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ANDERS BEHRING BREIVIK

Psychiatrists submit report on Breivik

Psychiatrists submitted a report to the Oslo court Tuesday on the mental state of the gunman who killed 77 people in twin attacks in Norway in July, but their conclusions were not immediately disclosed.

If the two experts deem that 32-year-old Anders Behring Breivik was sane and in control of his actions, the right-wing extremist risks a long prison sentence.

If not, he will be sentenced to psychiatric care.

One of the psychiatrists, Torgeir Husby, said as he dropped off the report at the courthouse that the evaluation presented a clear assessment of Behring Breivik's mental state.

"We have no doubt when it comes to our conclusions," he told hordes of reporters.

The prosecutor's office is scheduled to present the main outlines of the 240-page report at a press conference at 1pm (1200 GMT) on Tuesday.

Meanwhile, a social welfare inquiry into Anders Behring Breivik's family situation conducted 28 years ago when he was four years old hinted he may have been sexually abused, Norwegian public broadcaster NRK said quoting two independent sources.

That evaluation has no connection to the report submitted on Tuesday.

Behring Breivik is currently being held in a high-security prison near Oslo. His trial is scheduled to open on April 16th, 2012 and last for about 10 weeks.

The maximum prison sentence under Norwegian law for the type of attacks committed by Behring Breivik is 21 years, but he could stay behind bars longer if he is still considered a threat to society.

On July 22nd, Behring Breivik first set off a car bomb outside the government buildings in Oslo that house the offices of Prime Minister Jens Stoltenberg, killing eight people.

After that, he went to the island of Utøya, some 40 kilometres northwest of Oslo, where, disguised as a police officer, he spent nearly an hour and a half methodically killing another 69 people, most of them teenagers.

Although he has confessed to the facts, Behring Breivik has refused to plead guilty, insisting his actions were "atrocious but necessary."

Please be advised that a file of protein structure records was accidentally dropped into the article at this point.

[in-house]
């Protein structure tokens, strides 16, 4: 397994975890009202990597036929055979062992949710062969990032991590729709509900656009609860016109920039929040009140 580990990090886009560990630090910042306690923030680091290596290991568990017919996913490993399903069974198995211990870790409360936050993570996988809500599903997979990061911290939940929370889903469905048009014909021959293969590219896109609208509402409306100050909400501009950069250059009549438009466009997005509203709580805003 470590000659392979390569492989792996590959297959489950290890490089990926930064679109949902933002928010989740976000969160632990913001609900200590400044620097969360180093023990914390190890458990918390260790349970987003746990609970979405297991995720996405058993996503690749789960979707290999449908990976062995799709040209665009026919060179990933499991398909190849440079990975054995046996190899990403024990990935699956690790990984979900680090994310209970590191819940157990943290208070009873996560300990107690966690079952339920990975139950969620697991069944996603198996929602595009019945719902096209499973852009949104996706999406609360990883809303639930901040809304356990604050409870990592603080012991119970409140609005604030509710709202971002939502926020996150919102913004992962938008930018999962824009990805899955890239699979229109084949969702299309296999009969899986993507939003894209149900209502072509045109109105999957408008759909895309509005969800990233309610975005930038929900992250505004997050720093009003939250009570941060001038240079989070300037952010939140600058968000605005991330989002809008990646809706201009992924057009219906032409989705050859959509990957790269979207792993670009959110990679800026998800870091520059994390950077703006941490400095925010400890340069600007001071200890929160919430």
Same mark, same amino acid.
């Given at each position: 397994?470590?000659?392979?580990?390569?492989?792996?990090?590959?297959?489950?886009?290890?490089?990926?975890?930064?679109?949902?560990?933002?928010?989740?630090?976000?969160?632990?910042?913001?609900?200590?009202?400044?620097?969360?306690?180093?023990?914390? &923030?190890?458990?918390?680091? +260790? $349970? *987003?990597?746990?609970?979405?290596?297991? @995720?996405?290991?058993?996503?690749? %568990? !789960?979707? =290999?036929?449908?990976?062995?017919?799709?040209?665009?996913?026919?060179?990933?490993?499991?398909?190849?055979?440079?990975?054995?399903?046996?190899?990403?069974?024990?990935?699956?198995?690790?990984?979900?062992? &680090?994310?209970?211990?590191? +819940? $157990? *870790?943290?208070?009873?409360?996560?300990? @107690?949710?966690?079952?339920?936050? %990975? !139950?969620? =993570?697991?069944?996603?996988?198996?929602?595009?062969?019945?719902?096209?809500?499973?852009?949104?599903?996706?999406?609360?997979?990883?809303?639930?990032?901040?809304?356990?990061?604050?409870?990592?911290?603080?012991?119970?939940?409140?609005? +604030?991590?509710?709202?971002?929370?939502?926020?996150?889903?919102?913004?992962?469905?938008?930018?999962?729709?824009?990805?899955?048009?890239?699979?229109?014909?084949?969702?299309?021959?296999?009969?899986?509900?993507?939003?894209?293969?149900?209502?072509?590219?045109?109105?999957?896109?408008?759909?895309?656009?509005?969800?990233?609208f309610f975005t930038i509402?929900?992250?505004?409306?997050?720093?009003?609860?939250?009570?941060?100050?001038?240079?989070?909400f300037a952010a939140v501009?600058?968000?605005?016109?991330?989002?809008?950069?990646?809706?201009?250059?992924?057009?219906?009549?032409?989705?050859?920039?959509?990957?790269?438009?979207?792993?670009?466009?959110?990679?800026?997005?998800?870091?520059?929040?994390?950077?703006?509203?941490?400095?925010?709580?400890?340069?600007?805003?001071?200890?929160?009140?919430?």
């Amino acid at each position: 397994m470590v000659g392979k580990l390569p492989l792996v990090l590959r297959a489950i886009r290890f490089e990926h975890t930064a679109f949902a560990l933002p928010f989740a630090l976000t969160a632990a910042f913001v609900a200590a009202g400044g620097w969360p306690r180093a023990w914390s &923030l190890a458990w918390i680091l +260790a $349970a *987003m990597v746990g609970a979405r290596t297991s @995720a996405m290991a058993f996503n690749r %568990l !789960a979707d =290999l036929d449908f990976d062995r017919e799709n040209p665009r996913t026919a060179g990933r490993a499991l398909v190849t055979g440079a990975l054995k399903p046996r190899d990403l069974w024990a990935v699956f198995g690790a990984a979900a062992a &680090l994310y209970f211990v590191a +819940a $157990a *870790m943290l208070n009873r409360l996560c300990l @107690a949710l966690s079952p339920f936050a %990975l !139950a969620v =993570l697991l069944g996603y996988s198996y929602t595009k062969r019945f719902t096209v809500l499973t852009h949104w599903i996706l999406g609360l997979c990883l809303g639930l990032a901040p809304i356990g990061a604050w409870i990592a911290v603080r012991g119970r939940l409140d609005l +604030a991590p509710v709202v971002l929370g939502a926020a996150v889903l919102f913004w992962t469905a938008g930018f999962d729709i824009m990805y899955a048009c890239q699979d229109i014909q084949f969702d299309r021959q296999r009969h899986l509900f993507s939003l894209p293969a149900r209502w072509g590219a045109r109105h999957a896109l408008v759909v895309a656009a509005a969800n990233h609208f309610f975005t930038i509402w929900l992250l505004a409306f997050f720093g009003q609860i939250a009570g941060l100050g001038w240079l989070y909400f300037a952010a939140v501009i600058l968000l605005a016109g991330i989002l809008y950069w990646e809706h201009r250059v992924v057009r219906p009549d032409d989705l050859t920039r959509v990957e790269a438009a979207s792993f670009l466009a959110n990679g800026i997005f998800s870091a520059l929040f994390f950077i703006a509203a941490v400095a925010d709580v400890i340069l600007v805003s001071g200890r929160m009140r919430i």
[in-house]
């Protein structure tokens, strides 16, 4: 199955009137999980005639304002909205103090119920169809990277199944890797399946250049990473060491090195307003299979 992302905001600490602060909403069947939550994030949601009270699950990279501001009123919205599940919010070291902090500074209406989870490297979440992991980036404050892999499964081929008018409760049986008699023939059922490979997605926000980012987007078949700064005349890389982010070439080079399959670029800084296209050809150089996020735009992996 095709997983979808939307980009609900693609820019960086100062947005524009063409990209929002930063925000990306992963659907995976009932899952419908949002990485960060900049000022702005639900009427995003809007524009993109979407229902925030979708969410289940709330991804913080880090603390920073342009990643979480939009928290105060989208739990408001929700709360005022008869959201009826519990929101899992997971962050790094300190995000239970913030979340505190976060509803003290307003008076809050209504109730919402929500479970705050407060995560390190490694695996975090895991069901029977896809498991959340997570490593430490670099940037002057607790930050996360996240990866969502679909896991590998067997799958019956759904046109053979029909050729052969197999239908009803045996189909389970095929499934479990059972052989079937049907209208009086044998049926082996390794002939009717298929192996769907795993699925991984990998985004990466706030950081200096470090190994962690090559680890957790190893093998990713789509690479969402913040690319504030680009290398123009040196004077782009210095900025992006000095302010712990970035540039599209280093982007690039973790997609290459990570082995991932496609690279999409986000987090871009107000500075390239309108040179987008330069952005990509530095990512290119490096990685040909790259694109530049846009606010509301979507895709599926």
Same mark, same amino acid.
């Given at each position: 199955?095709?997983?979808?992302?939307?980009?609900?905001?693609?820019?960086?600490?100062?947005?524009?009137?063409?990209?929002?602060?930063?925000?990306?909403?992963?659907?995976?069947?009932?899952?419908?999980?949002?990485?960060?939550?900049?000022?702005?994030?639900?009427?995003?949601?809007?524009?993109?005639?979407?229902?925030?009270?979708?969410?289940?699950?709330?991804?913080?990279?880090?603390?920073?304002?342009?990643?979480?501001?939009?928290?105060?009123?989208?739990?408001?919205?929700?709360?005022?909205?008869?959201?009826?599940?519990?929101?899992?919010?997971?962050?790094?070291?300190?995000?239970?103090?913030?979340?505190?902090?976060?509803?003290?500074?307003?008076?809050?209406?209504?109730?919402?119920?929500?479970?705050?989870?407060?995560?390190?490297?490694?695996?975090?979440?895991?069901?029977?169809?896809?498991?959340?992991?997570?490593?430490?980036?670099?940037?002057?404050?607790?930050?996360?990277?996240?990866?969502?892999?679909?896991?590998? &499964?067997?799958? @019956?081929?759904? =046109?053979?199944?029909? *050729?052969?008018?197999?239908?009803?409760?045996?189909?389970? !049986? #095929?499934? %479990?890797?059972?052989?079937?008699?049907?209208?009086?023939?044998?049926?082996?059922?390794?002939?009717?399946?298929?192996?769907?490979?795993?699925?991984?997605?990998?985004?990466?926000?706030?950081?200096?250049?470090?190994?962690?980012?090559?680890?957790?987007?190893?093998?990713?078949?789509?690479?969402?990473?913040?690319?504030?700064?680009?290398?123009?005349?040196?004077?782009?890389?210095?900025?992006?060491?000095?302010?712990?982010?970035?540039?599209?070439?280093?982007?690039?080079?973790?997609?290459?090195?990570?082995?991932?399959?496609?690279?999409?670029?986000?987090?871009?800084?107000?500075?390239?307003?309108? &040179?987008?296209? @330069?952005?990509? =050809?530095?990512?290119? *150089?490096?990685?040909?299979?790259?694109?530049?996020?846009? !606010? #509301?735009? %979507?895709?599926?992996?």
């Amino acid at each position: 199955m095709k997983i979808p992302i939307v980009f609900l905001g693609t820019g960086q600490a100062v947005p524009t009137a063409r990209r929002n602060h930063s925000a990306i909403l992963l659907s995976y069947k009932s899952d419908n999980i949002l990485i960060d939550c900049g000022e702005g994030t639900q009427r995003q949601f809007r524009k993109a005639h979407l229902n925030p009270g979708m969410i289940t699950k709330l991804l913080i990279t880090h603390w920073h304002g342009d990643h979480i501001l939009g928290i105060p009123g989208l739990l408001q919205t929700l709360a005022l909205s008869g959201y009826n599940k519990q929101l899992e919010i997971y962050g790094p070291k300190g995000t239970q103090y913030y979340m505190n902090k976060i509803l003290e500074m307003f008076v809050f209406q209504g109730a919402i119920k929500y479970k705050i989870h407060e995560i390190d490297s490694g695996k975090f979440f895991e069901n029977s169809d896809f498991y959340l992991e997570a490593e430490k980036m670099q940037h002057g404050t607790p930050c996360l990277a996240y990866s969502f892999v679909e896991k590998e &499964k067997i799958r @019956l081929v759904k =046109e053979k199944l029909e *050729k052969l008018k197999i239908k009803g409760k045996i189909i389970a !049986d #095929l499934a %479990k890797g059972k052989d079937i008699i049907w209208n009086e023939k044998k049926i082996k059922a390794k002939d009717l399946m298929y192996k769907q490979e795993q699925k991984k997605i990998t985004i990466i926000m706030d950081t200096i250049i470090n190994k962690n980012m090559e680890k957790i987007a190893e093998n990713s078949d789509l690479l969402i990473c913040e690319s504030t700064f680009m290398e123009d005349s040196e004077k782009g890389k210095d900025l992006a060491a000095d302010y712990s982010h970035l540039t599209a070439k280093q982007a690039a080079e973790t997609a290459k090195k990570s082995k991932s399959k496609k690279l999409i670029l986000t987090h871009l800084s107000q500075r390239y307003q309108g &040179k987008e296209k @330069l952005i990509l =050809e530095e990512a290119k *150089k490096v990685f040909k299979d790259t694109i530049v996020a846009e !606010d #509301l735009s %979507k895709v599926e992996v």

He has claimed to have been on a crusade against multiculturalism and the "Muslim invasion" of Europe.

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TERRORISM

Kongsberg attacker killed victims with ‘sharp object’

Norwegian police said Monday that the five victims of last week's attack were killed by a "sharp object" used by the suspect, not a bow and arrows.

The Kongsberg attacker is said to have killed five people with sharp objects. Pictured is police tape from a separate incident.
The Kongsberg attacker is said to have killed five people with sharp objects. Pictured is police tape from a separate incident. Photo by Søren Storm Hansen on Flickr.

“At some point he discarded or lost his bow and arrows,” police inspector Per Thomas Omholt told reporters.

He said that during the attack on Wednesday the suspect killed “five people with a sharp object both in private addresses and in public spaces”.

Police, who had previously said that the suspect Espen Andersen Brathen was armed with a bow and arrows and two other weapons, did not specify the nature of the sharp weapons, adding that they were still interviewing witnesses.

“Everything points to the victims being selected at random,” Omholt said.

According to the police, more than 10 people were also shot at with arrows at the start of the attack, but none were killed with this weapon.

READ MORE: Norway police query Kongsberg attacker’s Muslim faith

During police questioning, Brathen has confessed to the killings and to wounding three others.

The 37-year-old Danish citizen has announced publicly that he is a convert to Islam and initially police reported that there had been fears of radicalisation.

He is however being kept in a medical facility pending a psychiatric evaluation, which is necessary to determine whether Brathen can be held legally responsible for his actions.

“As far as motive is concerned, illness remains the main hypothesis. And as far as conversion to Islam is concerned, this hypothesis is weakened,” Omholt added.

On Saturday, police announced the identities of the five victims, four women and one man: Andrea Meyer, 52, Hanne Merethe Englund, 56, Liv Berit Borge, 75, Gunnar Erling Sauve, 75 and Gun Marith Madsen, 78.

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